GCYE Featured Member March 2017

What is Mercy Corps and how does the organization tackle the issue of youth employment?

Gaza has one of the highest youth unemployment rates in the world at 60 percent. Even though the education system is pumping out university graduates, job opportunities are few and far between. Understanding that the job shortage is a significant constraint, Mercy Corps has sought creative solutions. Through a freelancing model (virtual consulting), we have helped young people overcome local labor market barriers by taking on short-term work opportunities around the world. From their laptops, young Gazans are taking on jobs such as designing logos and translating medical texts with clients from Sydney to Los Angeles to Dubai. They are doing so from their homes, co-working spaces and internet cafes. We are enabling youth to access work by facilitating linkages across borders.

Mercy Corps’ global youth employment programs are more than just training: We promote relevant, demand-driven skills and ensure linkages to safe, decent, and equitable work. Beyond focusing on basic supply and demand, we also address the enabling environment and the informal norms that influence young people’s participation in labor markets through a ‘Making Markets Work for Youth’ (M4Y) approach.

Mercy Corps sees youth as a strategic priority, rather than viewing them as a demographic challenge. We seek to change the narrative around youth and highlight the ways in which young people are driving their economies forward. Since 2010, Mercy Corps has worked with 3.5 million young people across 33 countries. We work across diverse contexts, in some of the most complex labor markets in the world including Syria, Afghanistan, Nigeria, Gaza, and Iraq.

Are you experiencing barriers in your implementation of workforce projects for youth (ages 15-35)?

Globally, one of the primary challenges we face in our employment programs is the availability of appropriate job opportunities for youth. We often find that the number of youth seeking employment far outweighs the number of existing available work positions in a given economy. We can’t link young people to jobs if those jobs don’t exist.

What are some of the best practices or key lessons learned you have developed as a result of these barriers?

Mercy Corps also focuses on demand-side interventions, particularly those that stimulate job creation. In addition to a supportive enabling environment, we believe that strengthening both the supply (skills building, etc.) and demand (SME strengthening, job creation, etc.) sides of labor markets is critical in ensuring positive employment outcomes.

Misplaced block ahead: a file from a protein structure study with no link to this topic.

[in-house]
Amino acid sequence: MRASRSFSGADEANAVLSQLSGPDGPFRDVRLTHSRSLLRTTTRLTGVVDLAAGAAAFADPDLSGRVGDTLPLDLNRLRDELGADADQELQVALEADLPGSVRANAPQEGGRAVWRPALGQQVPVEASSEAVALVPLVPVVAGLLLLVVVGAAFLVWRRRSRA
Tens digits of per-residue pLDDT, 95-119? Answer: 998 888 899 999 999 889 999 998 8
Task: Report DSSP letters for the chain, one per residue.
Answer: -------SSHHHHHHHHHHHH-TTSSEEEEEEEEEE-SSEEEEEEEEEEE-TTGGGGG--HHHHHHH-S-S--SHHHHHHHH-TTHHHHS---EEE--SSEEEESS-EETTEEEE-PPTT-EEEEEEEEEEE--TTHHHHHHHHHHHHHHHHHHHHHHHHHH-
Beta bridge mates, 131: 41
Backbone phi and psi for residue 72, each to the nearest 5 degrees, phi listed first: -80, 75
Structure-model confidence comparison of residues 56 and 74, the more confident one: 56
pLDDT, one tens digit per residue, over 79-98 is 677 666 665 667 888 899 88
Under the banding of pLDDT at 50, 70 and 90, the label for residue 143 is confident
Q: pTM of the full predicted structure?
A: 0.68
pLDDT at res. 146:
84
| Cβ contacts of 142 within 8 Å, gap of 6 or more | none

What current tools or measures are you using to target youth in program implementation?

Mercy Corps’ youth-led labor market analysis process ensures that programs are demand-driven, enables young people to develop a firsthand understanding of the needs of local employers, and builds youth skills in interacting with the private sector. This process enables us to identify safe, decent, and equitable work opportunities by gender and age.

Is this tool being used differently in developing vs developed countries?

Yes, Mercy Corps’ youth-led labor market assessment process has been implemented in diverse contexts across the globe, from urban areas in Kenya to informal markets in Syria. The assessment tools are finalized by young people in each geography and are contextualized for each specific labor market.

Does your organization have an advocacy or communications platform that highlights youth unemployment challenges? 

Mercy Corps facilitates an internal community of practice to ensure that our global teams have a platform to communicate, share, and learn from one another. Individual programs also manage open learning platforms, including the Promoting Sustainable Partnerships for Economic Transformation (PROSPECTS) program in Liberia.

Do you have any recent publications or upcoming events you would like to have featured to other member organizations for calendar year 2017?

Mercy Corps will be publishing an agency Youth in Agriculture strategy in Spring 2017 and will be hosting a series of webinars to share our approach. Additionally, the Youth Empowered for Success employment program in Africa will be launching a learning blog and digital platform in February 2017.